`+   "weak dollar *caused* the failure" aspect of the headline.  Maybe`
`+   `(¬D → ¬T) ∧ ¬D` would be better?`
`+3. "Dollar weak but Yuan strong, following new trade agreement": `T ∧ ¬D ∧ Y`.`
`+   Again, this loses the causation aspect.`
`+4. "Strong Dollar means a weak Yuan": `D → ¬Y`.  If this headline is talking`
`+   about something that is actually the case, and not a hypothetical, then`
`+   `D ∧ (D → ¬Y)` is probably more accurate.`
`+5. "Yuan weak despite new trade agreement, but Dollar remains strong":`
`+   `¬Y ∧ T ∧ D`.  This is hard, because it loses the "despite" part of the`
`+   headline.  I don't think there's a way around that though since there's not`
`+   "we expected" logical operator..`
`+6. "Dollar and Yuan can’t both be strong at same time": `(¬D ∧ ¬Y) ∨ (D ∧ ¬Y)`
`+   ∨ (¬D ∧ Y)` or maybe `¬(D ∧ Y)` or maybe `(D → ¬Y) ∧ (Y → ¬D)`.`
`+7. "If new trade agreement is signed, Dollar and Yuan can’t both remain strong":`
`+   `T → ¬(D ∧ Y)` or `T → ((D → ¬Y) ∧ (Y → ¬D))`.`
`+8. "New trade agreement does not prevent fall in Dollar and Yuan":`
`+   `T ∧ (D ∨ ¬D) ∧ (Y ∨ ¬Y)` or `¬(T → D) ∧ ¬(T → Y)`.  This one is tricky but`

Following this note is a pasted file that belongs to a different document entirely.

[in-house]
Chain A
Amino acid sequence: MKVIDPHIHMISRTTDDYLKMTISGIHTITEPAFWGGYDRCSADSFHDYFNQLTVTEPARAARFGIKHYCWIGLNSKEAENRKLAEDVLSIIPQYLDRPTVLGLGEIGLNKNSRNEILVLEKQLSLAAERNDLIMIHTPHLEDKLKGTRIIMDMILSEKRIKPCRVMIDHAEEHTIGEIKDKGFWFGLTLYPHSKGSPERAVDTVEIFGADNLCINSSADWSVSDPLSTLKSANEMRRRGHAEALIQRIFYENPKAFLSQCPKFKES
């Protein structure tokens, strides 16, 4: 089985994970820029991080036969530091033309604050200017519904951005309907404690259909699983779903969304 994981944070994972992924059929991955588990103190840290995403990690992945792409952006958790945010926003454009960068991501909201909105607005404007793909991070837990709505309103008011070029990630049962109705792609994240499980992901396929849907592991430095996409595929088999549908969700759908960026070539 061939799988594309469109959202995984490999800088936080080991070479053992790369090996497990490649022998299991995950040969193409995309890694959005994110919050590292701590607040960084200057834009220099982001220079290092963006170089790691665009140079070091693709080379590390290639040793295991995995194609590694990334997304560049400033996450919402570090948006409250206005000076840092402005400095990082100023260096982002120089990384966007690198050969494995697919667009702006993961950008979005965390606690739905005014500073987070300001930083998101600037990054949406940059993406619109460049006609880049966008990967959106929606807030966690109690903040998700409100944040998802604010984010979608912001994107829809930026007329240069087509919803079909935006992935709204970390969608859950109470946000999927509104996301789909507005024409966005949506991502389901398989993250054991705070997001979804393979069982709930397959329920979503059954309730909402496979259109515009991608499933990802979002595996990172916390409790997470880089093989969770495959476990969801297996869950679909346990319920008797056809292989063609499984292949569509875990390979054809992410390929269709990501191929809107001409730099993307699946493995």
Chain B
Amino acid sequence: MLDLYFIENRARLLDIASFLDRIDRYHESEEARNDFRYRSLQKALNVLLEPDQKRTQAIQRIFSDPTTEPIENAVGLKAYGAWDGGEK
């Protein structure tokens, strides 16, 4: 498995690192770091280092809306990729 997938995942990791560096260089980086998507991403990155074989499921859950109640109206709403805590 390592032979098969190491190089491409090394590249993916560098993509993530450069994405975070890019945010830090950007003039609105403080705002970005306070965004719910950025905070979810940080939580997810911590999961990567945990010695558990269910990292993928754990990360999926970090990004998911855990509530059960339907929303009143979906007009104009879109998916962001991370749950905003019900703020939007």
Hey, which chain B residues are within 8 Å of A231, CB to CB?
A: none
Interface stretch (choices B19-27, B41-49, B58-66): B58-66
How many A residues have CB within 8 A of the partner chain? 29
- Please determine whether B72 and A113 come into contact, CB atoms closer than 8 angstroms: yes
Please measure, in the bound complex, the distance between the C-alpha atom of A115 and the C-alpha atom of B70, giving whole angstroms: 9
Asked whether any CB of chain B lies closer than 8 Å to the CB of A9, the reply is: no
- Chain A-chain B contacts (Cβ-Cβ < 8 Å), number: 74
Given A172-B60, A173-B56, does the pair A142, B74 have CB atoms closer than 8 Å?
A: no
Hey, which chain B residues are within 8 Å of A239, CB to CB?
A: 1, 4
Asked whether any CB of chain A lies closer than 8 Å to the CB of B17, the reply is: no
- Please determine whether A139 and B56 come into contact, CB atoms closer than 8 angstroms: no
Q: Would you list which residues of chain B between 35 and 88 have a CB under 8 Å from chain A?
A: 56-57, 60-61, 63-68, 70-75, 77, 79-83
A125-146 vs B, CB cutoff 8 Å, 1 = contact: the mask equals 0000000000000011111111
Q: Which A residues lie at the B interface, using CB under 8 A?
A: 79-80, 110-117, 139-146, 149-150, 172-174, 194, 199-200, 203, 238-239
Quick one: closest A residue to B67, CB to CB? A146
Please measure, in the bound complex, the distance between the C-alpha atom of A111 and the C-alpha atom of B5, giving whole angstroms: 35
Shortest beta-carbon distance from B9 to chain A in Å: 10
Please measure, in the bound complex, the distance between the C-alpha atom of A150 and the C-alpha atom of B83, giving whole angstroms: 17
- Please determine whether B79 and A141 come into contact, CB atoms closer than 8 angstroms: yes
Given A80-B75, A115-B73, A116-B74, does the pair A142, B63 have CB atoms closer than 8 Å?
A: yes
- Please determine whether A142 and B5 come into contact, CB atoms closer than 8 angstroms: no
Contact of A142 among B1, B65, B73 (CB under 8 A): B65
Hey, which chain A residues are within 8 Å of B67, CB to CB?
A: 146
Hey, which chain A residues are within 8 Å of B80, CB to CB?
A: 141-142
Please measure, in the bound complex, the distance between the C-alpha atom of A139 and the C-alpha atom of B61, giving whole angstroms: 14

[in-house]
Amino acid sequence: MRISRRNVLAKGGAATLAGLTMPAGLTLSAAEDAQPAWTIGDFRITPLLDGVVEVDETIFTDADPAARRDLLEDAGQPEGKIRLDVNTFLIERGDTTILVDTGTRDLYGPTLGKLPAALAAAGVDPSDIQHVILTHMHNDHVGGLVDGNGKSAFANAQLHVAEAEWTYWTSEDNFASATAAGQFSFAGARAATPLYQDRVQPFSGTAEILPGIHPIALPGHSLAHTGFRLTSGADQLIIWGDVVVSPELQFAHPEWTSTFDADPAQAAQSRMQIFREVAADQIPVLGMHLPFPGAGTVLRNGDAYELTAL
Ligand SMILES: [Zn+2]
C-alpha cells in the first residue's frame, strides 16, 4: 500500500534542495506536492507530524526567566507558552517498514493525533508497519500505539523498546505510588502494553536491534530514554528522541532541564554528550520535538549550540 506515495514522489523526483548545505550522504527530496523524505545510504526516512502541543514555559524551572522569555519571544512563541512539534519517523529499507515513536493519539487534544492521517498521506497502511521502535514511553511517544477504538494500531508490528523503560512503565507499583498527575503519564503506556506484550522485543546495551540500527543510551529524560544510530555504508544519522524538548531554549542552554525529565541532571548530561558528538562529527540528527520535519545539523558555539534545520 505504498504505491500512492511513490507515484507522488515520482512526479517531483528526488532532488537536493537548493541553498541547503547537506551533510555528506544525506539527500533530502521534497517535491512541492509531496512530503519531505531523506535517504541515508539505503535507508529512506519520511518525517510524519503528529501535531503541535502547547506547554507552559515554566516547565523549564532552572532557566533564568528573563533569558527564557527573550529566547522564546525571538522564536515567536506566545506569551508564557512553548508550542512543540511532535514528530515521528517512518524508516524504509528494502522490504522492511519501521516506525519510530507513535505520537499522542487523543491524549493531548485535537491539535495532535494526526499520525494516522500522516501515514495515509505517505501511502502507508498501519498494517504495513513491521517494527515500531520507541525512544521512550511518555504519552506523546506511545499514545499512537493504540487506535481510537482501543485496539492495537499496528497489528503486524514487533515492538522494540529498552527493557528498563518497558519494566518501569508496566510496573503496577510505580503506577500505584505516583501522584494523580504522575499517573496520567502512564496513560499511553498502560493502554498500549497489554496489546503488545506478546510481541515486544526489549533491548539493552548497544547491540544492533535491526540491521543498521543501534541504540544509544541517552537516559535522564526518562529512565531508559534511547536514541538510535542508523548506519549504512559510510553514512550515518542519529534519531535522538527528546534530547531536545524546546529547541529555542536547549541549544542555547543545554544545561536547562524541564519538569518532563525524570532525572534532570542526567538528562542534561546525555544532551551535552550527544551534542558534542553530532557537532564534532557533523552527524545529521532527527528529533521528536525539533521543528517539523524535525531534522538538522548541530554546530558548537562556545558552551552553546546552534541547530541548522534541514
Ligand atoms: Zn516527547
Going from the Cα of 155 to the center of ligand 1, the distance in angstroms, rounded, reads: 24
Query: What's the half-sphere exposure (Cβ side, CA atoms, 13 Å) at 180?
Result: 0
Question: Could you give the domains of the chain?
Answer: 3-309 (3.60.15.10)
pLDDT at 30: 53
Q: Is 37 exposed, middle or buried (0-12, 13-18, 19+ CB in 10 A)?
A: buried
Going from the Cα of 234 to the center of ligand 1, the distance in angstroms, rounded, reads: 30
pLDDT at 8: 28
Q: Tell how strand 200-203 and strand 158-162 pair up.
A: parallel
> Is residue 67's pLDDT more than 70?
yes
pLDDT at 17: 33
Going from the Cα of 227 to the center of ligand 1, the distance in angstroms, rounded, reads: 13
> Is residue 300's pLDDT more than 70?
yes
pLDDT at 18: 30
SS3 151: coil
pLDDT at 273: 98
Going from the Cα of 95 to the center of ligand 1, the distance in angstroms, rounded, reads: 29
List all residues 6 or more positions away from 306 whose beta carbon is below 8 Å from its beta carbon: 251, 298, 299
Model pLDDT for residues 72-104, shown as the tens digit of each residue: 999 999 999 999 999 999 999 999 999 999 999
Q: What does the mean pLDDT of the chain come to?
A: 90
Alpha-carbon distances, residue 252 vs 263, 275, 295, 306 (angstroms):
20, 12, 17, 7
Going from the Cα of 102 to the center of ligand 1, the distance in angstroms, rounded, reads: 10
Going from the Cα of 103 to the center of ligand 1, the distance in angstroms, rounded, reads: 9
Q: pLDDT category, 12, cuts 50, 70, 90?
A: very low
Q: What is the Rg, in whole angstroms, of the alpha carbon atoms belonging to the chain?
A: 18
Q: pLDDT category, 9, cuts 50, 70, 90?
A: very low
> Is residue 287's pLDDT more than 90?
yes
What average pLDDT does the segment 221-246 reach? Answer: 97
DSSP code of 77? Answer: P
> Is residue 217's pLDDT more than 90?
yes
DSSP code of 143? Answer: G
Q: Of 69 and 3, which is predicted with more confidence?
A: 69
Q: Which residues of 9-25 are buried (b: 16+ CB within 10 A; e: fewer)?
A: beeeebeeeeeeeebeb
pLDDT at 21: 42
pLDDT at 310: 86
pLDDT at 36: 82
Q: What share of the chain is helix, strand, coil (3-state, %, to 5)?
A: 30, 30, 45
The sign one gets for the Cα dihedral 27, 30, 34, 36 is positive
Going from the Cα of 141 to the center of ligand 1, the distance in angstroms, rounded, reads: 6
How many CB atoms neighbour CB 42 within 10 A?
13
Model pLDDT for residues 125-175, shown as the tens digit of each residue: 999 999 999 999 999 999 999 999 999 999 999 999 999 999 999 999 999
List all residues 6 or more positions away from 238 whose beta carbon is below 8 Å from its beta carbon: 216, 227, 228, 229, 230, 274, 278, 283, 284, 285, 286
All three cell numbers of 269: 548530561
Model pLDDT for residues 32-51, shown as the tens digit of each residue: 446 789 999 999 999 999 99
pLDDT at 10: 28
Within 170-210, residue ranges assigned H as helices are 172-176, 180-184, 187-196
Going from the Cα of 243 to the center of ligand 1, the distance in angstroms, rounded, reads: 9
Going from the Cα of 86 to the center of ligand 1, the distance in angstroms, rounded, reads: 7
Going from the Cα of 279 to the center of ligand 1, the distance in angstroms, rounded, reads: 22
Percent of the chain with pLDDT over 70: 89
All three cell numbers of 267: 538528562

`+   I think that last one is clearest.`
`+9. "US–China trade agreement fails but both currencies remain strong":`
`+   `¬T ∧ (D ∧ Y)`.  This one is pretty simple, but again loses that "it's not`
`+   what we expected" vibe.`
`+10. "New trade agreement will be good for one side, but no one knows which.":`
`+   `(T → D) ∨ (T → Y)`.  The headline is ambiguous, but they probably mean "good`
`+   for one side at the expense of the other", in which case:`
`+   `(T → ((D ∧ ¬Y) ∨ (Y ∧ ¬D)))`.`
`+`
`+To Think About`
`+--------------`
`+`
`+1. It's all semantics.  In the US "innocent until proven guilty" means that`
`+   until you're proven guilty, you're "innocent".  So in that case yes, `¬guilty`
`+   = innocent`.  But if we're just talking about purely whether they did it or`
`+   not (disregarding courtrooms), then still yes, `¬guilty = innocent` because`
`+   if they didn't do it, they didn't do it.`
`+`
`+   The only place where there's ambiguity is when you take meaning 1 of "guilty"`
`+   (proven guilty in a court of law) with meaning 2 of innocent (actually did`
`+   not do the crime) or vice versa.  Sure, when you mix meanings like that it's`
`+   obviously not going to make sense.`
`+`
`+2. The problem in this one is this line:`
`+`
`+   "In terms of formal negation, ["not displeased"] has the form ¬(¬pleased)..."`
`+`
`+   Which makes the assumption that "displeased" is equivalent to `¬pleased`.`
`+   That's invalid (`¬pleased` means "I did not have positive feelings about it"`
`+   while "displeased" means "I feel palpably negative about it").  It entirely`
`+   ignores the third case ("I had no overall feelings at all").`
`+`
`+   To actually capture what "not displeased" is trying to say:`
`+`
`+       let pleased mean "I had overall positive feelings"`
`+       let displeased mean "I had overall negative feelings"`
`+       let ambivalent mean "I had no overall feelings, positive or negative"`
`+`
`+       ¬displeased = pleased ∨ ambivalent`
`+`
`+`
`+`